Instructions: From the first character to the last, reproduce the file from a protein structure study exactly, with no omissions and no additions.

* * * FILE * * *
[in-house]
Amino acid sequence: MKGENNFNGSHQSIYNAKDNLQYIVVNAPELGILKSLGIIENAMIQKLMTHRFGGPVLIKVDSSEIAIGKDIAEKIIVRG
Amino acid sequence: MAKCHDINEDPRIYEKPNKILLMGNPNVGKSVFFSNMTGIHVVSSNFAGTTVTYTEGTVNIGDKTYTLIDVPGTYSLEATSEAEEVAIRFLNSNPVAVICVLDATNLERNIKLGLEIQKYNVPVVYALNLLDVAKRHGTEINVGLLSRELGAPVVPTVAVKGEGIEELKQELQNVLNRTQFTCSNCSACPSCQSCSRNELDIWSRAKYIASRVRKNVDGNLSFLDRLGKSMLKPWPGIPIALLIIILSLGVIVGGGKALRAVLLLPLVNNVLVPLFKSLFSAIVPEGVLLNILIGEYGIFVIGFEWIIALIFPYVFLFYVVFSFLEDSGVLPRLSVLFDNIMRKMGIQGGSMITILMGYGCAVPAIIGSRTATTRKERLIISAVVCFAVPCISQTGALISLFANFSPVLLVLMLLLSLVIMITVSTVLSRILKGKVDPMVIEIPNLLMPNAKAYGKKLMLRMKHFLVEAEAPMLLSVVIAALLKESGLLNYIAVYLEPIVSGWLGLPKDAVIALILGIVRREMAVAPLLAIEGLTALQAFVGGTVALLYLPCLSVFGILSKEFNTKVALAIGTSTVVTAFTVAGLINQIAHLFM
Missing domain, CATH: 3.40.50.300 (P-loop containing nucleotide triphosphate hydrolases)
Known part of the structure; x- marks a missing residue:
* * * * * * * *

[in-house]
Amino acid sequence: MKGENNFNGSHQSIYNAKDNLQYIVVNAPELGILKSLGIIENAMIQKLMTHRFGGPVLIKVDSSEIAIGKDIAEKIIVRG
Amino acid sequence: MAKCHDINEDPRIYEKPNKILLMGNPNVGKSVFFSNMTGIHVVSSNFAGTTVTYTEGTVNIGDKTYTLIDVPGTYSLEATSEAEEVAIRFLNSNPVAVICVLDATNLERNIKLGLEIQKYNVPVVYALNLLDVAKRHGTEINVGLLSRELGAPVVPTVAVKGEGIEELKQELQNVLNRTQFTCSNCSACPSCQSCSRNELDIWSRAKYIASRVRKNVDGNLSFLDRLGKSMLKPWPGIPIALLIIILSLGVIVGGGKALRAVLLLPLVNNVLVPLFKSLFSAIVPEGVLLNILIGEYGIFVIGFEWIIALIFPYVFLFYVVFSFLEDSGVLPRLSVLFDNIMRKMGIQGGSMITILMGYGCAVPAIIGSRTATTRKERLIISAVVCFAVPCISQTGALISLFANFSPVLLVLMLLLSLVIMITVSTVLSRILKGKVDPMVIEIPNLLMPNAKAYGKKLMLRMKHFLVEAEAPMLLSVVIAALLKESGLLNYIAVYLEPIVSGWLGLPKDAVIALILGIVRREMAVAPLLAIEGLTALQAFVGGTVALLYLPCLSVFGILSKEFNTKVALAIGTSTVVTAFTVAGLINQIAHLFM
Missing domain, CATH: 3.40.50.300 (P-loop containing nucleotide triphosphate hydrolases)
Known part of the structure; x- marks a missing residue: